Iran Accuses Netherlands of Teaming Up with CIA and Mossad for 2007 Cyberattack

In this Wednesday, Sept. 20, 2017 file photo, Stuart Davis, a director at one of FireEye's subsidiaries speaks to journalists about the techniques of Iranian hacking, in Dubai, United Arab Emirates. (AP Photo/Kamran Jebreili, File)
AP Photo/Kamran Jebreili, File

The Iranian Foreign Ministry announced on Tuesday that a Yahoo News report linking the Netherlands to a landmark 2007 cyberattack on Iran’s Natanz nuclear enrichment facility is being “carefully examined” and could lead to diplomatic action between the two countries.

The Iranians said they have communicated their “concern and sensitivity” to the Dutch Foreign Ministry, which in turn said it will “convey the issue to the government of the Netherlands.”

The Yahoo News report in question cited sources who said Dutch intelligence agents acted “at the behest of the CIA and the Israeli intelligence agency” to recruit an inside mole who planted the Stuxnet virus in computer systems at Natanz, delaying Iran’s effort to produce weapons-grade nuclear materials by sabotaging its uranium centrifuges. According to the report:

An Iranian engineer recruited by the Dutch intelligence agency AIVD provided critical data that helped the U.S. developers target their code to the systems at Natanz, according to four intelligence sources. That mole then provided much-needed inside access when it came time to slip Stuxnet onto those systems using a USB flash drive.

The Dutch were asked in 2004 to help the CIA and Mossad get access to the plant, but it wasn’t until three years later that the mole, who posed as a mechanic working for a front company doing work at Natanz, delivered the digital weapon to the targeted systems. “[T]he Dutch mole was the most important way of getting the virus into Natanz,” one of the sources told Yahoo.

The Yahoo report credited the Stuxnet cyberattack with “helping to bring Iran to the negotiating table, and ultimately resulted in an agreement with the country in 2015.”

“The revelation of Dutch involvement harkens back to a time when there was still extensive cooperation and strong, multilateral agreement among the U.S. and its allies about how to deal with the Iranian nuclear program – a situation that changed last year after the Trump administration pulled out of the hard-won nuclear accord with Tehran,” the reporters editorialized, citing sources who said German, France, and the United Kingdom were also involved, earning the operation its code name “Olympic Games.”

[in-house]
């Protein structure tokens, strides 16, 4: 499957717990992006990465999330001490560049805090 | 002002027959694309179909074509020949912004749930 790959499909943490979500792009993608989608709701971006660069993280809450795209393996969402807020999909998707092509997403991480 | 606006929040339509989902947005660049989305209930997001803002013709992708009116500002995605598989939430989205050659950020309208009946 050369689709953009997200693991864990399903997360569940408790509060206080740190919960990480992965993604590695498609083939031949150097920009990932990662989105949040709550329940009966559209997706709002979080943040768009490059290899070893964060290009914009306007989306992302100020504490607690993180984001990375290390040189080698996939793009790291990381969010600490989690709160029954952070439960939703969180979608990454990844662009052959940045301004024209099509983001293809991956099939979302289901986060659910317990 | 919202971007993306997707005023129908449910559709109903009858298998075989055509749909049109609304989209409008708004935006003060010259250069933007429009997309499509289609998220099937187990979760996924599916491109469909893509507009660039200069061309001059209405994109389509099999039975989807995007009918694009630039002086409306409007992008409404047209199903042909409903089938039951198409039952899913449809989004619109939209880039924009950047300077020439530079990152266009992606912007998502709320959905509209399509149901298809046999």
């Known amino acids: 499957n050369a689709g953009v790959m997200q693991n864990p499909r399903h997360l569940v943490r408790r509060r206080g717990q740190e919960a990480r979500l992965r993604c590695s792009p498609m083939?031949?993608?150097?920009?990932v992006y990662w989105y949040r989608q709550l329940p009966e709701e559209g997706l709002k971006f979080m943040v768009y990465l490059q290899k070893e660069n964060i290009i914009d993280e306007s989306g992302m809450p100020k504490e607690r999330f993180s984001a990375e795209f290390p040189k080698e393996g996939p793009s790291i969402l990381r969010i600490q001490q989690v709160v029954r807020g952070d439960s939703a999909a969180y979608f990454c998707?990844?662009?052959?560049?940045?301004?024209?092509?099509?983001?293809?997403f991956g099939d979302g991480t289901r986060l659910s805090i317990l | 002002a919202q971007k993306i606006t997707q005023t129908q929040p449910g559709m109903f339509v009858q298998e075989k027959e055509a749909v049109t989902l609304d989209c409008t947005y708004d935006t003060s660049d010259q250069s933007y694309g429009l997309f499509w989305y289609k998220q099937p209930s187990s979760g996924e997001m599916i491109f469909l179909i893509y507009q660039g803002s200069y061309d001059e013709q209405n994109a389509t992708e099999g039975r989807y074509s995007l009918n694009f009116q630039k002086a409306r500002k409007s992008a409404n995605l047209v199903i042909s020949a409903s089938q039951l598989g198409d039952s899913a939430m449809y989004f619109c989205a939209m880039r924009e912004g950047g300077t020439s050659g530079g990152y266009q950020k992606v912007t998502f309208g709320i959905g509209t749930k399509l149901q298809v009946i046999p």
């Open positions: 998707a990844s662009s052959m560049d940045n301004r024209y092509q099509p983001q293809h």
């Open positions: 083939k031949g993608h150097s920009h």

The Dutch contribution was supposedly important because the Iranians designed their uranium centrifuges with a design stolen from the Dutch by Pakistani scientist Abdul Qadeer Khan and sold on the black market to buyers such as Iran and Libya in the 1990s. The Dutch were able to infiltrate Khan’s network and set up a landmark early example of cyber-espionage. 

Yahoo News noted AVID, the Dutch intelligence agency, went on to become a renowned authority on cyber-espionage. Their hacking operations were fairly small in 2007, but they were somewhat reluctantly pressed into service for the “Olympic Games” after some alarming seizures of illicit nuclear equipment bound for Iran revealed Tehran’s nuclear program was much further along than previously believed.

Dutch intelligence was able to provide access to the Khan network that would have taken the U.S. or other European powers years to develop from scratch. According to the Yahoo News report, the indispensable Dutch mole was able to get across the “air gap” (physical separation of the most sensitive Natanz computers from the Internet) and infect them with Stuxnet virus code loaded into a USB drive. Iran eventually arrested several individuals on charges of participating in the Stuxnet operation and may have executed them, but Yahoo’s sources did not say whether the mole was one of them.

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